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Anyone touch this stock?
Old 06-04-2012, 08:23 PM   #1
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Anyone touch this stock?

Been eyeing Cablevision, symbol CVC. It's currently paying over 5% dividend and it's at about the low end of it's 10 year trading range. COO recently left and went to run another cable company. If you're looking for a dividend play, would this be fairly safe for a long term buy and hold (say 10 - 15 year timeframe)?
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Old 06-04-2012, 08:43 PM   #2
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Originally Posted by kjpliny View Post
Been eyeing Cablevision, symbol CVC. It's currently paying over 5% dividend and it's at about the low end of it's 10 year trading range. COO recently left and went to run another cable company. If you're looking for a dividend play, would this be fairly safe for a long term buy and hold (say 10 - 15 year timeframe)?
I don't know, but I know that it is rarely a good idea to find a high dividend and work from there.

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Old 06-04-2012, 08:53 PM   #3
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Originally Posted by kjpliny View Post
Been eyeing Cablevision, symbol CVC. It's currently paying over 5% dividend and it's at about the low end of it's 10 year trading range. COO recently left and went to run another cable company. If you're looking for a dividend play, would this be fairly safe for a long term buy and hold (say 10 - 15 year timeframe)?
You're asking a trick question.

"Safe" as an investment term implies "no loss of principal" or "insured yield". So, no, your dividend stock is not safe.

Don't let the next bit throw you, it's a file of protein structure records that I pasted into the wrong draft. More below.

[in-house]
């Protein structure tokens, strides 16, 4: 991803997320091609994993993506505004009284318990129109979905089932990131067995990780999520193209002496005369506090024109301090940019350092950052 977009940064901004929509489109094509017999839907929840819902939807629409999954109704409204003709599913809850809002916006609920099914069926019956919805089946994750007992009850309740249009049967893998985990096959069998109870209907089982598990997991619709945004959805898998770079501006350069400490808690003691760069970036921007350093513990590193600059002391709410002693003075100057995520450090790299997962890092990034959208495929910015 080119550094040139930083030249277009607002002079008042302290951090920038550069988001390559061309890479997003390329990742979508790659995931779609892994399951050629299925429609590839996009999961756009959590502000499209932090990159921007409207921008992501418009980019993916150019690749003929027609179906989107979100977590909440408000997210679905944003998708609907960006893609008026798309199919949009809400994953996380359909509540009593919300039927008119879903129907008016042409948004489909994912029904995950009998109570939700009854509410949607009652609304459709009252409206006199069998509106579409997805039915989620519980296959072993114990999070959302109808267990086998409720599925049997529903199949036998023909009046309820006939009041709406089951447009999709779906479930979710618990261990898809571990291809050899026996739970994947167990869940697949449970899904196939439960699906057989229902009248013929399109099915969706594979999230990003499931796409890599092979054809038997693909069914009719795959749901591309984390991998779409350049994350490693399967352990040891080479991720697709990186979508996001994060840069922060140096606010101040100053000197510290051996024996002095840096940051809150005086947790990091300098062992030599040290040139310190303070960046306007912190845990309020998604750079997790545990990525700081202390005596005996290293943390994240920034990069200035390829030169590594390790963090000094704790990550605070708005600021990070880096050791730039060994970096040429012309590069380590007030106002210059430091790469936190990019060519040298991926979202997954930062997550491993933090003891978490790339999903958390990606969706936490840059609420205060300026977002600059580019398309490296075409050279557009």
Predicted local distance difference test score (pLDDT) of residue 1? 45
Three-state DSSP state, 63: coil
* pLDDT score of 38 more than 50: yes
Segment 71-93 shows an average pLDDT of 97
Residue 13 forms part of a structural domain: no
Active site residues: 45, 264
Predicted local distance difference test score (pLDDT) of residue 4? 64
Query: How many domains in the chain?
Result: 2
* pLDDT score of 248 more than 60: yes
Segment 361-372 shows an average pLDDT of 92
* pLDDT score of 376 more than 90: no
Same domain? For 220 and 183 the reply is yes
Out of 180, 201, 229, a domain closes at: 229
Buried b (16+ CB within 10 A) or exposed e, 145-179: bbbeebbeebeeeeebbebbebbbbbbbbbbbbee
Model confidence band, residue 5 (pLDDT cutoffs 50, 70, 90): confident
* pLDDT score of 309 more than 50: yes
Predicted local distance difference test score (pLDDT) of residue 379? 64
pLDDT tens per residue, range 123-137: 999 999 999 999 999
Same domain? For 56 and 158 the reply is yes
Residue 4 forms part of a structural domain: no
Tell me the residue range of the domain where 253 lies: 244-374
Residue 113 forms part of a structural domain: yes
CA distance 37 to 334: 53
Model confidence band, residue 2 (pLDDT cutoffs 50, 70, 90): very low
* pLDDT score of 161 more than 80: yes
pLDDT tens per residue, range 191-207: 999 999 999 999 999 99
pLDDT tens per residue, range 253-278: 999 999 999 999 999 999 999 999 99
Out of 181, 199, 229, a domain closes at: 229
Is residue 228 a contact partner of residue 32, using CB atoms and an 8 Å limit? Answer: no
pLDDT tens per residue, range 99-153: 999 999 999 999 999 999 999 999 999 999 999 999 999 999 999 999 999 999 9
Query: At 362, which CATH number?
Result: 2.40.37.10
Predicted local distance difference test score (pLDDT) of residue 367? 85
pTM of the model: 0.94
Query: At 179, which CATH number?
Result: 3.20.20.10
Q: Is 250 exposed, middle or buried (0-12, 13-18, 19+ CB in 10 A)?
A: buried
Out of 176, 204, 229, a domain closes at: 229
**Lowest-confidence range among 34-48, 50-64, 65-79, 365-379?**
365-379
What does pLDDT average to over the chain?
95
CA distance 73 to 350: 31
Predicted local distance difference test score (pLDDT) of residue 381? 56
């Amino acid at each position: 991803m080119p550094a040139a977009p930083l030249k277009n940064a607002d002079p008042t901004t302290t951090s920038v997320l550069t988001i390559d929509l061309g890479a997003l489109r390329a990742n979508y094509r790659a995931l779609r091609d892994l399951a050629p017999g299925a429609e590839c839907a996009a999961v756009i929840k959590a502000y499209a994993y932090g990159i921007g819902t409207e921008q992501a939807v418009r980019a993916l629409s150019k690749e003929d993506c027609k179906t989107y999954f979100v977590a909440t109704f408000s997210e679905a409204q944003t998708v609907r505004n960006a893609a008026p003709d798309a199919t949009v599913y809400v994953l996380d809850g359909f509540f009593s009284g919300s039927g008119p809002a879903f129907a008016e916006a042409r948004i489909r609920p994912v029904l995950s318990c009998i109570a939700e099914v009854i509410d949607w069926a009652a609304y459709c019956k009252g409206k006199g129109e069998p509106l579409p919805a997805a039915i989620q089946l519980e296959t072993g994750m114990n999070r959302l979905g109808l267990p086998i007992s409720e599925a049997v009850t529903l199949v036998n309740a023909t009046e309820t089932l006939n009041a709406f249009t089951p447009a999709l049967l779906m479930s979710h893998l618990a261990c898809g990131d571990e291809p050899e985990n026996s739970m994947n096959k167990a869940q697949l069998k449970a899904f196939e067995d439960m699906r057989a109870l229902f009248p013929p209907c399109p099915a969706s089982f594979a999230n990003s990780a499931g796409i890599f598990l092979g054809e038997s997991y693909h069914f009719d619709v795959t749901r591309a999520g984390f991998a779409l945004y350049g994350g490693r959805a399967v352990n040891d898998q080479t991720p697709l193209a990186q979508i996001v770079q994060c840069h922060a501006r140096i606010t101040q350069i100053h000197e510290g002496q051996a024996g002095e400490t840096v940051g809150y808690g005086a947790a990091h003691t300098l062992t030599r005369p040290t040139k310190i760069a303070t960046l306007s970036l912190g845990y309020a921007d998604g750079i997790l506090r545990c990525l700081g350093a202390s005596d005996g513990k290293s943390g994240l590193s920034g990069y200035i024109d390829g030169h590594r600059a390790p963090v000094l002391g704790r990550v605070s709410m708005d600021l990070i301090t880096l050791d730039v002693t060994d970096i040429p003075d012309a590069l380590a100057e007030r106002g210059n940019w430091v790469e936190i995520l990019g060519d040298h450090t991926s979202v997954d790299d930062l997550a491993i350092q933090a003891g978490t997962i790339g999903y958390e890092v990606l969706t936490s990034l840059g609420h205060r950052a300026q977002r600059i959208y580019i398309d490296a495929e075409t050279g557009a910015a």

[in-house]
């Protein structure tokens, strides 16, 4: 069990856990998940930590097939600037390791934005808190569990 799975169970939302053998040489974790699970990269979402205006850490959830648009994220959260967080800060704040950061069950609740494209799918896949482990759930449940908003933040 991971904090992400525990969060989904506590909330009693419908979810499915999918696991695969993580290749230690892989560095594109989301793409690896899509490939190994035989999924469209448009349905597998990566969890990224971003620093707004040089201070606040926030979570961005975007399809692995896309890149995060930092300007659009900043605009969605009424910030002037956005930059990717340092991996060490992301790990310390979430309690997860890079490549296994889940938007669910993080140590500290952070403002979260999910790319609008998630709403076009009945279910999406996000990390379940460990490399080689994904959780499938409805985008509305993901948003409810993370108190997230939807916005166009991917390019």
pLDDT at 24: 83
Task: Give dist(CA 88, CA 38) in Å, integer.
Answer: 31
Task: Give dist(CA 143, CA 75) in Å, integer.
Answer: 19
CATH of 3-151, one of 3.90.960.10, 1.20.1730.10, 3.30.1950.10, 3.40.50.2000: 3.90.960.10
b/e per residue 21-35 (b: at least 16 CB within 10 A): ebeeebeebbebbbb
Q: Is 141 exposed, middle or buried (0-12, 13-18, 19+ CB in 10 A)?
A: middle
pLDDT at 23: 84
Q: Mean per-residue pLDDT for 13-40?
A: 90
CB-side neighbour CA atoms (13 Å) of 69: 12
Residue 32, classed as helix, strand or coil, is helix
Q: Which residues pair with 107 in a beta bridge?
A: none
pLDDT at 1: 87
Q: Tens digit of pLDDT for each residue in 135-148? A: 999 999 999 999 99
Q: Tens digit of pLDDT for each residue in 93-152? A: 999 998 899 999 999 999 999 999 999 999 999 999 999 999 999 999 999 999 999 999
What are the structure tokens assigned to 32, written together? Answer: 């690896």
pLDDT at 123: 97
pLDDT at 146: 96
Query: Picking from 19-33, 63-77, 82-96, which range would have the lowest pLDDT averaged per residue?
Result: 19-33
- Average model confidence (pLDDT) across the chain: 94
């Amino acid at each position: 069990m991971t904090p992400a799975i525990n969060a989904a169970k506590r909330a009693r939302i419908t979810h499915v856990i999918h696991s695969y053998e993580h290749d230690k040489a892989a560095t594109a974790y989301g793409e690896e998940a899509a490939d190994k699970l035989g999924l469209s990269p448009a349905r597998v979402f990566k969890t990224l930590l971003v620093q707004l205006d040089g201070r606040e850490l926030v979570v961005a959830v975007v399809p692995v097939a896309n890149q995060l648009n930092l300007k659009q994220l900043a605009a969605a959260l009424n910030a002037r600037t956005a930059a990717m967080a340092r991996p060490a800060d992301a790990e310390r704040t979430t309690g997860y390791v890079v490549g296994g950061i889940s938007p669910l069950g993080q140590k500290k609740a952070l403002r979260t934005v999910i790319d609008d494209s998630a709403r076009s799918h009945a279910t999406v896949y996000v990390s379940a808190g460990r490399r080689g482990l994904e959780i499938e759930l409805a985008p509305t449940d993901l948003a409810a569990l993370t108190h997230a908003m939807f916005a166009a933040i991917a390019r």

"Long term buy and hold"-- is there anyone else on this board who's held an individual stock for more than 10 years? We're there with the Berkshire Hathaway shares we started buying in 2001, but we've sold some to rebalance. Why would you hold CVC, or why would you sell it? Would you hold CVC for more than a decade, or would you find some rationale to get rid of it?

"Play" implies that you're not investing, you're speculating or gambling. So this probably doesn't have any place in your asset allocation. Of course you could take the UncleMick approach of setting aside 10-15% of your portfolio for testosterone-poisoned hormone-influenced hunches.

With those caveats in mind, I think this is the best blog I've ever seen for individual dividend investors:
Dividend Growth Investor: How to invest in dividend stocks

and I'd also recommend Josh Peters' "The Ultimate Dividend Playbook".

In my opinion, at your current level of analysis you're just eyeballing a value trap.
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Old 06-04-2012, 09:19 PM   #4